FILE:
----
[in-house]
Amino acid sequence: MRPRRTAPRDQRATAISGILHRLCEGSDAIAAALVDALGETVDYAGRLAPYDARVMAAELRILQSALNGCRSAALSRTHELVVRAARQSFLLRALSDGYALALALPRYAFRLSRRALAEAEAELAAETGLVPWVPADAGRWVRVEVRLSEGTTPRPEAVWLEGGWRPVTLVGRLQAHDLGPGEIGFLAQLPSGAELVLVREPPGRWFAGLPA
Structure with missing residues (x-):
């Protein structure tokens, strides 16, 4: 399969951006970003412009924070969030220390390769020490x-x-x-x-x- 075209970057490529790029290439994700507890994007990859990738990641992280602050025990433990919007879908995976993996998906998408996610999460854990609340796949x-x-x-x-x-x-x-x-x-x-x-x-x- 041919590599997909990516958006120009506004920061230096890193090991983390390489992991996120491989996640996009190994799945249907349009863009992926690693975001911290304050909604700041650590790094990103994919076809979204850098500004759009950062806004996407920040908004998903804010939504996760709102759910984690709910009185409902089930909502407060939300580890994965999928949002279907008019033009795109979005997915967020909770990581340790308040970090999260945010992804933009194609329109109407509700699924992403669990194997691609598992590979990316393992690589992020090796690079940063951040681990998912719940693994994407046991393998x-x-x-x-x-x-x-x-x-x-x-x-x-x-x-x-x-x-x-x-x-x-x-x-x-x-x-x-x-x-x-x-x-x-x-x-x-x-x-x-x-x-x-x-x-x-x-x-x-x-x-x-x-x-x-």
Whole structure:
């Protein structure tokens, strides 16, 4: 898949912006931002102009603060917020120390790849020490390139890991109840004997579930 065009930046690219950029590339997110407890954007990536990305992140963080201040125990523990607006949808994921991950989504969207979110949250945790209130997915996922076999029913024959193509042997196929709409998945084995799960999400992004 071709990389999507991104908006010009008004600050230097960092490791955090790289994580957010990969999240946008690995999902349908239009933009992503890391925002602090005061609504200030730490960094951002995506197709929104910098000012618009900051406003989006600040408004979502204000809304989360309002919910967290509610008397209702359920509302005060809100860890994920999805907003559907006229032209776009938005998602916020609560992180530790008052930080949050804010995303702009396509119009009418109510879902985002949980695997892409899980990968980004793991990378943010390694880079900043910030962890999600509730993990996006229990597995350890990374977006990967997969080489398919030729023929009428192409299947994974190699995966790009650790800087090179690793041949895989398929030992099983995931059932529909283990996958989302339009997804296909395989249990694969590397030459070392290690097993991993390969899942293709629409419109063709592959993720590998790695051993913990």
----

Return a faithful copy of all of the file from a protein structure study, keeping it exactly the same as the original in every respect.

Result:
[in-house]
Amino acid sequence: MRPRRTAPRDQRATAISGILHRLCEGSDAIAAALVDALGETVDYAGRLAPYDARVMAAELRILQSALNGCRSAALSRTHELVVRAARQSFLLRALSDGYALALALPRYAFRLSRRALAEAEAELAAETGLVPWVPADAGRWVRVEVRLSEGTTPRPEAVWLEGGWRPVTLVGRLQAHDLGPGEIGFLAQLPSGAELVLVREPPGRWFAGLPA
Structure with missing residues (x-):
């Protein structure tokens, strides 16, 4: 399969951006970003412009924070969030220390390769020490x-x-x-x-x- 075209970057490529790029290439994700507890994007990859990738990641992280602050025990433990919007879908995976993996998906998408996610999460854990609340796949x-x-x-x-x-x-x-x-x-x-x-x-x- 041919590599997909990516958006120009506004920061230096890193090991983390390489992991996120491989996640996009190994799945249907349009863009992926690693975001911290304050909604700041650590790094990103994919076809979204850098500004759009950062806004996407920040908004998903804010939504996760709102759910984690709910009185409902089930909502407060939300580890994965999928949002279907008019033009795109979005997915967020909770990581340790308040970090999260945010992804933009194609329109109407509700699924992403669990194997691609598992590979990316393992690589992020090796690079940063951040681990998912719940693994994407046991393998x-x-x-x-x-x-x-x-x-x-x-x-x-x-x-x-x-x-x-x-x-x-x-x-x-x-x-x-x-x-x-x-x-x-x-x-x-x-x-x-x-x-x-x-x-x-x-x-x-x-x-x-x-x-x-």
Whole structure:
């Protein structure tokens, strides 16, 4: 898949912006931002102009603060917020120390790849020490390139890991109840004997579930 065009930046690219950029590339997110407890954007990536990305992140963080201040125990523990607006949808994921991950989504969207979110949250945790209130997915996922076999029913024959193509042997196929709409998945084995799960999400992004 071709990389999507991104908006010009008004600050230097960092490791955090790289994580957010990969999240946008690995999902349908239009933009992503890391925002602090005061609504200030730490960094951002995506197709929104910098000012618009900051406003989006600040408004979502204000809304989360309002919910967290509610008397209702359920509302005060809100860890994920999805907003559907006229032209776009938005998602916020609560992180530790008052930080949050804010995303702009396509119009009418109510879902985002949980695997892409899980990968980004793991990378943010390694880079900043910030962890999600509730993990996006229990597995350890990374977006990967997969080489398919030729023929009428192409299947994974190699995966790009650790800087090179690793041949895989398929030992099983995931059932529909283990996958989302339009997804296909395989249990694969590397030459070392290690097993991993390969899942293709629409419109063709592959993720590998790695051993913990």